• Twin Arches Upper Loop (2 miles, easy effort) showcases the beauty of the Big South Fork. The loop offers a spectacular view of the gorge and the largest arch east of the Mississippi. There are four sets of stairs (two are quite steep).

The Mountain Laurel Walks is an annual celebration of late spring in the Upper Cumberland Plateau and is organized by the Morgan County Tourism Alliance. For more information on these trails and other recreational opportunities in the Big South Fork and the Obed Wild and Scenic River, please call (423) 286-7275 or (423) 346-6294.



Jeff
HikingintheSmokys.com
HikinginGlacier.com
RockyMountainHikingTrails.com
Grand Teton Hikes

Friday, April 24, 2015

Shenandoah National Park Announces Entrance Fee Increase

As part of a nationwide initiative, Shenandoah National Park will begin charging increased entrance fees in two stages, beginning on May 1, 2015.

In the fall of 2014, the National Park Service began a review of entrance fees charged throughout the National Park System, in part, to bring greater consistency to fees being charged at parks of similar size and complexity. To solicit public input, Shenandoah National Park launched a civic engagement campaign in December 2014 which included a series of public meetings aimed at discussing the increase needed to bring the park's fees into compliance with other similar parks in the nation.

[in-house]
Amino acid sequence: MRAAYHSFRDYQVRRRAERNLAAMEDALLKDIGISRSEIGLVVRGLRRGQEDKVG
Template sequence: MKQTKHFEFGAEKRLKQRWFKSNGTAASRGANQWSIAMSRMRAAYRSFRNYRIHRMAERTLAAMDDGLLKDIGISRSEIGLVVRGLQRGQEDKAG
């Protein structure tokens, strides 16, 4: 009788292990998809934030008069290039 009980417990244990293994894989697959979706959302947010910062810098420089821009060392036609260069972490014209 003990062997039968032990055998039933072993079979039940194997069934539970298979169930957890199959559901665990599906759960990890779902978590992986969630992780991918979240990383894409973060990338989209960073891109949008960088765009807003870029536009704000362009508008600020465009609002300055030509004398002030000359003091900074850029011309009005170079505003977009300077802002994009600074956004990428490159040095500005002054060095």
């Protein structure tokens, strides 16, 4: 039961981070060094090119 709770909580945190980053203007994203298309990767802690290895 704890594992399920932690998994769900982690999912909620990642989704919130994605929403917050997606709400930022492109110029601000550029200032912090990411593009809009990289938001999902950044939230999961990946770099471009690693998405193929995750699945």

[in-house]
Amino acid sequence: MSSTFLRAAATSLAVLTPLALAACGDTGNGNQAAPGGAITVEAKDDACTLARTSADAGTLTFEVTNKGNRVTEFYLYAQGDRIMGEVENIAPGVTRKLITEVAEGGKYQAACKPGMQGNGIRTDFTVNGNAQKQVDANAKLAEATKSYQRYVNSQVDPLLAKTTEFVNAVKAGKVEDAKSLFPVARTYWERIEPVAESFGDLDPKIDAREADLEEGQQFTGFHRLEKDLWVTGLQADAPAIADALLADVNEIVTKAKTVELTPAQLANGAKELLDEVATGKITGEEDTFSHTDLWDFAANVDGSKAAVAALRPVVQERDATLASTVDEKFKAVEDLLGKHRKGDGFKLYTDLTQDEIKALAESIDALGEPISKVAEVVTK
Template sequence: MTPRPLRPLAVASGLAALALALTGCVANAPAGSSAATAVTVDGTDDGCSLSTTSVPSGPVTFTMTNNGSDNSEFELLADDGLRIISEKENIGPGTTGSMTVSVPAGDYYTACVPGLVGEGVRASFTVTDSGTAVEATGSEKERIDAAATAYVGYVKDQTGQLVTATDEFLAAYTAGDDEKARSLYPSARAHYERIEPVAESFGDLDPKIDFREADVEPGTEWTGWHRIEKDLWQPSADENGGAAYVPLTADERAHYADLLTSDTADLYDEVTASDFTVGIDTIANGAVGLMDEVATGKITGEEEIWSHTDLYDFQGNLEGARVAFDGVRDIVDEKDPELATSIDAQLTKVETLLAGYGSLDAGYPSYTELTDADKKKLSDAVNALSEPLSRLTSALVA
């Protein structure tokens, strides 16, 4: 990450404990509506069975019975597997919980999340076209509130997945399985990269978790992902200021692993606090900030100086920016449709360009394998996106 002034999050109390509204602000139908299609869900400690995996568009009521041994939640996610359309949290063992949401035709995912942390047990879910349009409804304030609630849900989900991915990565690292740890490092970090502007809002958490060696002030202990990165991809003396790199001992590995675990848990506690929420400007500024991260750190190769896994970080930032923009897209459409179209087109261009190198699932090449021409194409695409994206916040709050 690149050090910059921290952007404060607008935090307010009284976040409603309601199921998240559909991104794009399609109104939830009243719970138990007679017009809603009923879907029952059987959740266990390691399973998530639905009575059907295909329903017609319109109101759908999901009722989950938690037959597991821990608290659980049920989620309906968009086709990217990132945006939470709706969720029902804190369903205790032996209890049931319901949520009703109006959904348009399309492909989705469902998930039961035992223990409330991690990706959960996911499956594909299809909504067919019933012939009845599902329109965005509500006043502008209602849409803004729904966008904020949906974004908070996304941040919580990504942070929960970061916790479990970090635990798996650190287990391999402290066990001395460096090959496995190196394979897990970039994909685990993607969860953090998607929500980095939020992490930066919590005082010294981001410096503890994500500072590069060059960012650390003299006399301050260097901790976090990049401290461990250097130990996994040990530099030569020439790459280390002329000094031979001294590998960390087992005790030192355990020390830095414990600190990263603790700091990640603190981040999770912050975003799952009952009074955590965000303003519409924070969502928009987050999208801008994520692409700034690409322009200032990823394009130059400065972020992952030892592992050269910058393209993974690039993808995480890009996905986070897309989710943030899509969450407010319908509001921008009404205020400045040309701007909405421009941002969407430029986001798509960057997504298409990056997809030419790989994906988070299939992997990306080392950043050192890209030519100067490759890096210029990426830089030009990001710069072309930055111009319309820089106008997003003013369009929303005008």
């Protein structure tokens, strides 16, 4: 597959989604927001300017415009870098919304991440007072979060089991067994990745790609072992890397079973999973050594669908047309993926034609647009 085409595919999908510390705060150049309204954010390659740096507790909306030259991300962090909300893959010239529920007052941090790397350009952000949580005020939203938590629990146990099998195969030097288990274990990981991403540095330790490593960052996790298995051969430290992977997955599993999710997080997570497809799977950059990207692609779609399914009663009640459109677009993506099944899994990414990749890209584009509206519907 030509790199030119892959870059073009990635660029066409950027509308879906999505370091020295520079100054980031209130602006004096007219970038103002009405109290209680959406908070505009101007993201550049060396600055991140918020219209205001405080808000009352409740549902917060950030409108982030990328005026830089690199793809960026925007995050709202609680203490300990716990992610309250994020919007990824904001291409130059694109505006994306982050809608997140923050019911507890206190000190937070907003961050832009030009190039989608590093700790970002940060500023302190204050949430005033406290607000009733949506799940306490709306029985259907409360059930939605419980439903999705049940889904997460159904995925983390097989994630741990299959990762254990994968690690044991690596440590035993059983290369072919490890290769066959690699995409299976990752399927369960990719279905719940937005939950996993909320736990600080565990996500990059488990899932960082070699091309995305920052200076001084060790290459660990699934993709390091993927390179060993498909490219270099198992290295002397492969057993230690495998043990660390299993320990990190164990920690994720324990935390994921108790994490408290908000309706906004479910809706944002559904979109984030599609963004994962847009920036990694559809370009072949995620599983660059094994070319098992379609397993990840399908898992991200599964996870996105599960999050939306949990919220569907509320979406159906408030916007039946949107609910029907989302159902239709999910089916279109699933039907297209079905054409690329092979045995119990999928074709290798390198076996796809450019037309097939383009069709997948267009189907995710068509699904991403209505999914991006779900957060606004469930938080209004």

During the public comment period, the park received over 240 formal comments through e-mails, letters and on-line comments, as well as, over 100 comments on the park's Facebook page. While the majority of comments supported an increase, many people felt that the original proposal was too much of an increase to make all at once. To respond to public comments, the park modified the proposal to phase implementation of entrance fee increases beginning in 2015, and followed by a second and final increase on January 1, 2017.

"The fee program is critical to the park," stated Jim Northup, Shenandoah National Park Superintendent. "Eighty percent of fees collected stay right here in the park and are put to work improving facilities and services important to visitors.Without this funding, park staff would have to forego these projects. The additional revenue from this increase will allow us to sustain this world-class park."